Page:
You are here

Guide to Better Nonprofit Website Content

9 Tips for Writing Nonprofit Website Content

Let's face it—writing content for nonprofit websites can be difficult. We all know the feeling of staring at a blank page and trying to develop compelling content.

Unfortunately, research shows that great content for your online marketing efforts is critical to higher conversion rates and engaging user experiences that lead to higher donations, volunteer signups and conversions for the nonprofit.

So, how can you write consistently effective content for your nonprofit website? Start by asking yourself these two questions:

  1. What are the two things we want users to do on this page?
  2. What are the top three things we want users to take away from reading this page?

Once you have those answers down, try incorporating these nine tips into your writing routine:

1. Know your audience

  1. Know what concerns them, motivates them, will engage them.
  2. Think about building personas to help with content strategy.

2. Write Content That's Easy to Skim & Scan

  1. Include summaries or overviews.
  2. Address your web visitors directly. Use the word you.
  3. Start with your conclusion—write so your most important information is first.
  4. Limit each paragraph to one key concept—four sentences max.
  5. Use short sentences—twelve words on average.
  6. Break your content into sections with meaningful headings—include keywords in headings.
  7. Skip unnecessary words—forget descriptors like very, really, etc.
  8. Use bullet points and numbered lists.

3. Use Images and Video

  1. Break up the content with rich media to tell a better story - there’s no better way to tell a story than visually.
  2. Videos should live on YouTube or Vimeo for performance help.

4. Avoid Jargon

  1. Avoid using industry/organization specific jargon.  Write so every user can understand you.
  2. Assume your user knows nothing about the area you work.

5. Build Trust, Credibility, and Leadership 

  1. Be factual and accurate. Where appropriate, cite trusted sources with links to trusted websites or by quoting trusted authorities.
  2. Explain why your organization is uniquely qualified to address the issues.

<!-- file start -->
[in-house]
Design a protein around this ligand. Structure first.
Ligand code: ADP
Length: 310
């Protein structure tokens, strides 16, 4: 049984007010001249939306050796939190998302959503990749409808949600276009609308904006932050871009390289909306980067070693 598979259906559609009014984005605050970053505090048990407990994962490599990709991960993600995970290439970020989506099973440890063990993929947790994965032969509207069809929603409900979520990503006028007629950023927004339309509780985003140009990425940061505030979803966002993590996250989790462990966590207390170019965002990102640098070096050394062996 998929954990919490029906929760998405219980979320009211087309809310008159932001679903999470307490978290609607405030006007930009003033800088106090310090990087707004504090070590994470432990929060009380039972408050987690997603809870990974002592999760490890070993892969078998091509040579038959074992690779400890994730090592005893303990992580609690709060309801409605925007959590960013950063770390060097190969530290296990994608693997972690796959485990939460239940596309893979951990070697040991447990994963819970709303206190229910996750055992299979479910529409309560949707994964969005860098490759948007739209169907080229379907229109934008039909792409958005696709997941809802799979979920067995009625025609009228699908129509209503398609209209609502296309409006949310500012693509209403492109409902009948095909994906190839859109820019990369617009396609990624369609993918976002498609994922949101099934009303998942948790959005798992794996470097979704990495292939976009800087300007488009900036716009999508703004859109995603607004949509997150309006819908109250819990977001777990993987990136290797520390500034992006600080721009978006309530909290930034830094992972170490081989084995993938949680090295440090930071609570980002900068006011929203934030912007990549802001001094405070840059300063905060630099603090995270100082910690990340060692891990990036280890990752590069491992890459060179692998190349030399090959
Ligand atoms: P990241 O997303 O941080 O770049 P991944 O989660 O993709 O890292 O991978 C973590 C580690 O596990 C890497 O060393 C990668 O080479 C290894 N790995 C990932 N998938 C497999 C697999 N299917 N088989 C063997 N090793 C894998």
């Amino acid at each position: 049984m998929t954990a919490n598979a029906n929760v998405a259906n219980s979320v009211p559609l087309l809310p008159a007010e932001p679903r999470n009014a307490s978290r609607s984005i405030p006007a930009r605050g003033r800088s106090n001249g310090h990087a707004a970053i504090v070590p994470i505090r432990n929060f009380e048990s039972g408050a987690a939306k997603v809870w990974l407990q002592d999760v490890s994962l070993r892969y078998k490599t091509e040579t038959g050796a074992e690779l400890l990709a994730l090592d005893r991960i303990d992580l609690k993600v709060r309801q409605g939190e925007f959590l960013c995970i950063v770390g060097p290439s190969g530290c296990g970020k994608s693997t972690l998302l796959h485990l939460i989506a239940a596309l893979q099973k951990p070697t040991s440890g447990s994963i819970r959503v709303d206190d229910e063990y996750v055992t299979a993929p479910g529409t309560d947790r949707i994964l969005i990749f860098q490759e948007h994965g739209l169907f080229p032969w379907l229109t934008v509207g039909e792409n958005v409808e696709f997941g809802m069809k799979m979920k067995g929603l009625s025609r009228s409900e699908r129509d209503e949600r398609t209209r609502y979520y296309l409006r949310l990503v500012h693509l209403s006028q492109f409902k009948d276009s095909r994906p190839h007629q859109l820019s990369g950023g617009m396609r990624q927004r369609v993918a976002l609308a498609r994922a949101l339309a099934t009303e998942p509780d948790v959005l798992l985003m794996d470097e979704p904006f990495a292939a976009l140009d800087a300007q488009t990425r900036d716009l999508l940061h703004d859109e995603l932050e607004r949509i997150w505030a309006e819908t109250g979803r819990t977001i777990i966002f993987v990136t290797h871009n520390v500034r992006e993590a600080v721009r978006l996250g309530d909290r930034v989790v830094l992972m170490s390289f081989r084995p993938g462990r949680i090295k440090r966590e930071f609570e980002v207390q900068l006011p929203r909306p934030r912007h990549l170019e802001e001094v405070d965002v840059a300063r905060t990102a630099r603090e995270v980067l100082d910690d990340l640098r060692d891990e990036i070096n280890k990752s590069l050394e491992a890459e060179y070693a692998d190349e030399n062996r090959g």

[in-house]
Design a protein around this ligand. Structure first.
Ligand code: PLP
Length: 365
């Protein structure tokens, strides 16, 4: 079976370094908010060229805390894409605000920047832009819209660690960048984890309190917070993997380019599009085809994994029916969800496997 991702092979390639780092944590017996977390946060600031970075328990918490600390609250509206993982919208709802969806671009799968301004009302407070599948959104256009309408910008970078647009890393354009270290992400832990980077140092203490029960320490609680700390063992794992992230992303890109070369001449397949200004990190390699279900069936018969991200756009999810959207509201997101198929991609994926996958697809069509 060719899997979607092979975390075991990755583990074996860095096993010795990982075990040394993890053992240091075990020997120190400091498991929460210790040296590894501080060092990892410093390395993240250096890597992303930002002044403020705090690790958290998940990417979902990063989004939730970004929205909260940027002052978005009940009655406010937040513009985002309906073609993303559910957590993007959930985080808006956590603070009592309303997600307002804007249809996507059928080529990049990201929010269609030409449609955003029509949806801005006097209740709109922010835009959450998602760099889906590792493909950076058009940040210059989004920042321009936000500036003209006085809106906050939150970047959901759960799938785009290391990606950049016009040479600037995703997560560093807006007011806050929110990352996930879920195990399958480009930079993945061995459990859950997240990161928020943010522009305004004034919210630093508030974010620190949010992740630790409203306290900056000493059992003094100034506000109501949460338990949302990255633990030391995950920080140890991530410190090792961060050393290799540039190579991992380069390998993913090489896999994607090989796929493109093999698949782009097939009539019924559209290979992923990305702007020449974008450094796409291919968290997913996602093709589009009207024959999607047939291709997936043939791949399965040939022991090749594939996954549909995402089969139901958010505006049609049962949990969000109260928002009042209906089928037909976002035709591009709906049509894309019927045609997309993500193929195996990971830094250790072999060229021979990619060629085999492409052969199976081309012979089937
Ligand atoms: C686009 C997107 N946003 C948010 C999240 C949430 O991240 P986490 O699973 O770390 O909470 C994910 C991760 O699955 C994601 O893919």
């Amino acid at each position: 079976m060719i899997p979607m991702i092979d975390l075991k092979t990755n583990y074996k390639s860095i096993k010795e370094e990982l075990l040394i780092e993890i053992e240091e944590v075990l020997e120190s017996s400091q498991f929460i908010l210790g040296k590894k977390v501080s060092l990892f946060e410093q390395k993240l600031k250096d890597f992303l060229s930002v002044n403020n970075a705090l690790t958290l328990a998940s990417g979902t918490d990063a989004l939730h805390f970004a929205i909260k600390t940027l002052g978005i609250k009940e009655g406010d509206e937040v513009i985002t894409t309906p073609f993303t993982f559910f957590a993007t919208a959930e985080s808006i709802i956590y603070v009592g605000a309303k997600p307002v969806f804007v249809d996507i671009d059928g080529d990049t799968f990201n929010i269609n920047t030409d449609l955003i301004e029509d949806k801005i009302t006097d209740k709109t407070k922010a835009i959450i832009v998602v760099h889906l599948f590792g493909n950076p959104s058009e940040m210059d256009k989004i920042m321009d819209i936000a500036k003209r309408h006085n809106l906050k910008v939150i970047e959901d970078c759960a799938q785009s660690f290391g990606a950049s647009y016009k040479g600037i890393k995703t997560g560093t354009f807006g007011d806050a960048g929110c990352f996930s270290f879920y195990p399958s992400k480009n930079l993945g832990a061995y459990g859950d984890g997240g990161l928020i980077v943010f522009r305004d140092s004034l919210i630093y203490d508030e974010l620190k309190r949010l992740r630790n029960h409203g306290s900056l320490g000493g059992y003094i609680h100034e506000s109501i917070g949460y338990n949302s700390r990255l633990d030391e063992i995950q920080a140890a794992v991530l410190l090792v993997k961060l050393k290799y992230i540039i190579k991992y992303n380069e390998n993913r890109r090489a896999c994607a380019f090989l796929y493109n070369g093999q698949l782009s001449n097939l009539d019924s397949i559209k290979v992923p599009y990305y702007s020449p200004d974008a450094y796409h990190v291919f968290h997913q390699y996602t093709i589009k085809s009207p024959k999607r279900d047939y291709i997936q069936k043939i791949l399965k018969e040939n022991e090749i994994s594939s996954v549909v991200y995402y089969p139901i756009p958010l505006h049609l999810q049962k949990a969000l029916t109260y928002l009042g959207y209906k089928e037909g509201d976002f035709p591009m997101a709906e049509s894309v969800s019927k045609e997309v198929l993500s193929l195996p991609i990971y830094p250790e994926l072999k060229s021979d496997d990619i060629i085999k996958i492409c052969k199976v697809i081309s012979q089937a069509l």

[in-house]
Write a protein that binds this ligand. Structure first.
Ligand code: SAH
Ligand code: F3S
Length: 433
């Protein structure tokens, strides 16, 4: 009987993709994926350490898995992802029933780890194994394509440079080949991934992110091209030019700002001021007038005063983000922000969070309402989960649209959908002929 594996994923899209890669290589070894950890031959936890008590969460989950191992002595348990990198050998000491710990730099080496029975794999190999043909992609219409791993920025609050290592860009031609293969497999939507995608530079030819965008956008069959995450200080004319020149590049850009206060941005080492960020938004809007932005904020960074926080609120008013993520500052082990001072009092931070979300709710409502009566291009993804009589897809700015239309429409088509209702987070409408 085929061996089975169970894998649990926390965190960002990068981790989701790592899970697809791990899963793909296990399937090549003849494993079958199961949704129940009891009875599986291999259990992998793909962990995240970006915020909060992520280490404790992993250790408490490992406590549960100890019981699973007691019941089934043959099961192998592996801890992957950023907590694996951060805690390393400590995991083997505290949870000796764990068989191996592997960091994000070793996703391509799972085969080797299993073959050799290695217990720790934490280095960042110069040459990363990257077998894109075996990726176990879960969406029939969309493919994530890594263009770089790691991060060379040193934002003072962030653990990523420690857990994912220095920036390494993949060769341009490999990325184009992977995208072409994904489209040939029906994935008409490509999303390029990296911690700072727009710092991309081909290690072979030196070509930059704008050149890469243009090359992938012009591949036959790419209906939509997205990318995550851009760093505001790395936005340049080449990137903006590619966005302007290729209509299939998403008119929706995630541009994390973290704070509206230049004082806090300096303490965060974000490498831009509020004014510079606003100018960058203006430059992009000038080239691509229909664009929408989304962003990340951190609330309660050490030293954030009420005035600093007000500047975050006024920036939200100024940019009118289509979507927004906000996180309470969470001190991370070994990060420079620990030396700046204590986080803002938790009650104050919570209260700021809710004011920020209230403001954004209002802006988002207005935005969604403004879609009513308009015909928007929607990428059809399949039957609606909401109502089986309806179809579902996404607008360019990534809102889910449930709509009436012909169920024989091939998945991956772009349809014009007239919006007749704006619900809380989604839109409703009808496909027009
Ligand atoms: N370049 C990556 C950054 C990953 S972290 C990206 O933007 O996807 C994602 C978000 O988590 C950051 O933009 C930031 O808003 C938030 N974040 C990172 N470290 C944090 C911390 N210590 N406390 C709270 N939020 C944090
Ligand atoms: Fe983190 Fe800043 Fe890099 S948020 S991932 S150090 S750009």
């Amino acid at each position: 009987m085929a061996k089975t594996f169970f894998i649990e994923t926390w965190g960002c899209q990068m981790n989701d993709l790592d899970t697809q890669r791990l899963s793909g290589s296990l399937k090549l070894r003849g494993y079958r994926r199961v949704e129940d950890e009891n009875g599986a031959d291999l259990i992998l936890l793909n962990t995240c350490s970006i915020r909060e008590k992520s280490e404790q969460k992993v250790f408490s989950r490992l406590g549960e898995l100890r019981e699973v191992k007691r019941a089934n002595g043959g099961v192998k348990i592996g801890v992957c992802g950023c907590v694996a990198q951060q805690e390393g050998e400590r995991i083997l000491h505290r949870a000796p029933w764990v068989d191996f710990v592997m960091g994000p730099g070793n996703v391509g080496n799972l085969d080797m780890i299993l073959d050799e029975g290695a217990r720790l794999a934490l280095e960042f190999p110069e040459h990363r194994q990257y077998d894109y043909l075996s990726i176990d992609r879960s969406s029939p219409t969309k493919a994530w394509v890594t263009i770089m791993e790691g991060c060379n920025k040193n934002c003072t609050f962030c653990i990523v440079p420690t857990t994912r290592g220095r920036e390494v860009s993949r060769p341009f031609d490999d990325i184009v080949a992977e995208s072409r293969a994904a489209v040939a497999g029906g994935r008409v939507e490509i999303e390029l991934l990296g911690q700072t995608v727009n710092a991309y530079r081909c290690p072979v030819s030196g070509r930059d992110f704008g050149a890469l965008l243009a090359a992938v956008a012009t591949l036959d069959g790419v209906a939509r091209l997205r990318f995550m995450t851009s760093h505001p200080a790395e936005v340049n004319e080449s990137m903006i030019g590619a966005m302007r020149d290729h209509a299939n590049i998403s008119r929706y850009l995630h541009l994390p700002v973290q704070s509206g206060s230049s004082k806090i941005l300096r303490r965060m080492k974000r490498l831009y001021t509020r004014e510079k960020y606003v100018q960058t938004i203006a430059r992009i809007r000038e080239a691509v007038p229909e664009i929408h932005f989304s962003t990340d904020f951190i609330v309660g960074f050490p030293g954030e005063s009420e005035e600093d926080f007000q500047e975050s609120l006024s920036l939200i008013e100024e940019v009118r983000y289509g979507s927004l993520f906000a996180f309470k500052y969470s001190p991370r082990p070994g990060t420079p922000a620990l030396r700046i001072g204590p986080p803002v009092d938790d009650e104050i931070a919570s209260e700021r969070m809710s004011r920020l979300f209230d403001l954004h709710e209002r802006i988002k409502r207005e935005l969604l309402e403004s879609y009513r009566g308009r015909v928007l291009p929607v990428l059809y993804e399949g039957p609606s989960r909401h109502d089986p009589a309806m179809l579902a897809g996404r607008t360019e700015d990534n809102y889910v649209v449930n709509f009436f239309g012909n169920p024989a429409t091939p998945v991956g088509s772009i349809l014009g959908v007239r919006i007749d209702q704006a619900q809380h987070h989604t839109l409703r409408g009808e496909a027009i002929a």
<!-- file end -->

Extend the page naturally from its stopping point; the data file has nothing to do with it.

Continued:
3. Use client or supporter testimonials or quotes to support what you’re saying
  4. Quotes can be a great way to break up content on a page.

6. Never End Content Without a Call-to-Action

  1. Keep your language active! Avoid the passive tense.
  2. The bottom of the page should be building to a call-to-action.
  3. Make sure that there’s a clear call-to-action somewhere on the page.

7. Do Keyword Research, but Write for Humans

  1. Moz provides a great keyword research tool.
  2. Find 2-4 keywords that you want to focus on.
  3. It’s important to include keywords in your page title and sub-headings.
  4. Don’t use so many keywords that it’s not human-readable.  It’s more important to provide users a great experience than cram your page with keywords.

8. Include Easy Ways to Get in Contact with You

  1. Solicit feedback from users in a contact form, blog comments, etc.

9. Use Text Color Formatting Sparingly

  1. Don’t use crazy colors everywhere.
  2. Heed this common design saying: “When everything on the screen screams, nothing is heard.” - Some Smart Designer

And there you have it! Go use your newfound content-writing skills to change the world. No pressure.

In addition to compelling content, there are a lot of important factors that make your website effective. Download our website checklist to find out the critical steps to increase your site traffic, donations, and website leads.

The ultimate guide to online donations

Andrew Goldsworthy - Rootid Co-Founder

Andrew Goldsworthy

Andrew has over 15 years experience in user interface and online marketing strategy for social entrepreneurs and nonprofits. He has also worked extensively in fund development and online marketing for Habitat for Humanity. Andrew is passionate about using the power of technology to empower mission driven organizations and social business. He's also an avid outdoorsman. Frequently camping, skiing, fishing and fending off mosquitos.